Abstract: Doubling up to Make Ends Meet: Co-Housing As an Economic Strategy for Undocumented Latinxs (Society for Social Work and Research 24th Annual Conference - Reducing Racial and Economic Inequality)

150P Doubling up to Make Ends Meet: Co-Housing As an Economic Strategy for Undocumented Latinxs

Friday, January 17, 2020
Marquis BR Salon 6 (ML 2) (Marriott Marquis Washington DC)
* noted as presenting author
Jennifer Scott, Assistant Professor, Louisiana State University at Baton Rouge, Baton Rouge, LA
Background:  Housing instability has come under scrutiny as the number of evictions has risen along with costs of rent. The United States currently faces the deepest inequality since the Great Depression. Economic uncertainty adds fuel to the political rhetoric to policies of immigrant exclusion that increasingly targets Latino immigrants. Still, over 6 million undocumented Latinos make the U.S. their home. In the face of this economic and social exclusion, how do they make ends meet? This study aims to unpack a key economic strategy of undocumented Latinxs, cohousing, to contribute to the discourse on survival strategies and social ties.

Methods: The question of how undocumented Latinos navigate housing and homeownership as their economic repertoire was interrogated using in-depth interviews informed by ethnographic observation. In-depth interviews (n=49) with undocumented Latinos in Austin were collected over three years and supplemented by field notes from interviews with practitioners and participant observation conducted during work at a local organization and community events. I used thematic analysis to structure the interrogation.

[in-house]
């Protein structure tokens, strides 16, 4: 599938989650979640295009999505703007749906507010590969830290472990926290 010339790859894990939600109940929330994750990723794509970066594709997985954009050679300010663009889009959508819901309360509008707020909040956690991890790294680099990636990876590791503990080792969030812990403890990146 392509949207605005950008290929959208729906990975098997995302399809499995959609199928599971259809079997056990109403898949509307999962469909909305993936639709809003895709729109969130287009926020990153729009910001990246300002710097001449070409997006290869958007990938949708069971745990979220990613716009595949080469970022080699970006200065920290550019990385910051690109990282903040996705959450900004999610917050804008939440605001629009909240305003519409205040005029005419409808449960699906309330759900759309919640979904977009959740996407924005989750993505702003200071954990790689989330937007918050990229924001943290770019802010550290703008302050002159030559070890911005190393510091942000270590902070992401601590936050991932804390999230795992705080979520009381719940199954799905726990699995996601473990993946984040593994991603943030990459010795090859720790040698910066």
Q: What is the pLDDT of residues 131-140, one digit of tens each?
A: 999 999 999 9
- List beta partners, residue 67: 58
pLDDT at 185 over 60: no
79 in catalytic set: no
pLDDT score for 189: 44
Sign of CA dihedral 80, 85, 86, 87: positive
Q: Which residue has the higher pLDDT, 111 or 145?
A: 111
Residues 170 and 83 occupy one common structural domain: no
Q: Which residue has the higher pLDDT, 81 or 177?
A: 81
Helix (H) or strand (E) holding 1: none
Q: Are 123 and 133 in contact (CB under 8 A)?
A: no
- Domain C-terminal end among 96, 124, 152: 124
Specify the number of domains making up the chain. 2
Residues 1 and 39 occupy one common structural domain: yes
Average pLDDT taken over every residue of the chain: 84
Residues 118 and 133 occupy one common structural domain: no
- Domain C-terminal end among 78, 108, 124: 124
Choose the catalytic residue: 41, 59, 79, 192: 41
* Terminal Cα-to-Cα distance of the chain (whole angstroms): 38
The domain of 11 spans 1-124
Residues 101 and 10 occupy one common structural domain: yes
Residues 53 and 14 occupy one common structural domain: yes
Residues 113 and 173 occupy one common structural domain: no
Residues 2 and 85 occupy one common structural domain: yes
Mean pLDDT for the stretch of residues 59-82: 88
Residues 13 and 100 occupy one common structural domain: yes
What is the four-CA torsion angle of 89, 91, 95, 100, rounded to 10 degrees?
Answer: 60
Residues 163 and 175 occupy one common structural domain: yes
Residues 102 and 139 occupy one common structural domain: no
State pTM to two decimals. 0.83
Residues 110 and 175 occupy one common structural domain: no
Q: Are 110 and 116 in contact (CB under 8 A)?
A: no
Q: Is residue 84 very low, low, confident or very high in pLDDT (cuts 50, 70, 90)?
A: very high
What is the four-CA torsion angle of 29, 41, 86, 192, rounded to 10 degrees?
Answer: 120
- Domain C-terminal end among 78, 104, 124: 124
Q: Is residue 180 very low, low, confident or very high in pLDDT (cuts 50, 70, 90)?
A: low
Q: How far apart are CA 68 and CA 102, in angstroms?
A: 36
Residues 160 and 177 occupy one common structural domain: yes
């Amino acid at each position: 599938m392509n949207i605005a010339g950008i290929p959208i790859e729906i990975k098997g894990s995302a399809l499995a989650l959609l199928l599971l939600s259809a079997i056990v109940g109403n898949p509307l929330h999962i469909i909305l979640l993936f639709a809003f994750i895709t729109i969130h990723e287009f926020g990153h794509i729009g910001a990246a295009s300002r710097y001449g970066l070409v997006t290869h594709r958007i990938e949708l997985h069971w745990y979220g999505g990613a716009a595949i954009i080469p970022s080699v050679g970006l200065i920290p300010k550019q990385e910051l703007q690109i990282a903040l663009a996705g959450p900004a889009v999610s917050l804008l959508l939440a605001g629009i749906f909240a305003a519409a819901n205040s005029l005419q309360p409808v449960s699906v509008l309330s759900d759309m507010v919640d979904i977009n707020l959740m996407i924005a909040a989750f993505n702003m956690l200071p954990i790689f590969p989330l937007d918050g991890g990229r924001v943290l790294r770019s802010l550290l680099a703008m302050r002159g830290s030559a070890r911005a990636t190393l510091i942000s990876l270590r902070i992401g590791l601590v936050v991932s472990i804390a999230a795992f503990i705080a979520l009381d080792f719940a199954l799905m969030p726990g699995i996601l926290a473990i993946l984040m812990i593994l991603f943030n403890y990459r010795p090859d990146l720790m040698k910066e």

Results: Participants reported “cohousing” or sharing living spaces with other adults or families (sometimes, but not always, relatives) as a key strategy to making ends meet. One woman recalled, ”all of our family friends…when I immigrated here I remember we all lived together in one house at once.” For some families this supported their ability to pay the bills and meet basic needs. For other families cohousing was a way to build savings and, ultimately, assets. They also reported sharing a home with many with family as a way to purchase a home. Home buying as a family was not necessarily rare. Several families interviewed reported collaborating on the purchase a home – either a mobile home or house – with other immediate family. Some make this purchase as a collective asset and occupy the home together. These purchases, like that of one woman who decided to purchase a mobile home with her sisters, were both motivated by financial opportunity and life circumstances. In her words, “at that time the three of us were single…we didn’t have families. And so, it was easier to get the money together.” Co-housing arrangements experienced varying degrees of success. Several families had been cohousing for more than a decade, a few owning homes jointly. In these cases other resources, like food and childcare, were also shared.

Conclusions: Findings suggest choices around housing are a key component of undocumented Latinxs strategies to make ends meet. They rely on ties in connection with housing to both satisfy basic needs and start saving for the future. Understanding cohousing as a key economic strategy of undocumented Latinxs and other low-income communities points to the importance of caution when considering policies that regulate overcrowding or prevent residence of multiple families from occupying a single home. Alternatively, ensuring policies are in place that protect families ability to share housing as an economic strategy in tandem with policies that protect people from poor housing conditions could support already vulnerable individuals and families from further marginality.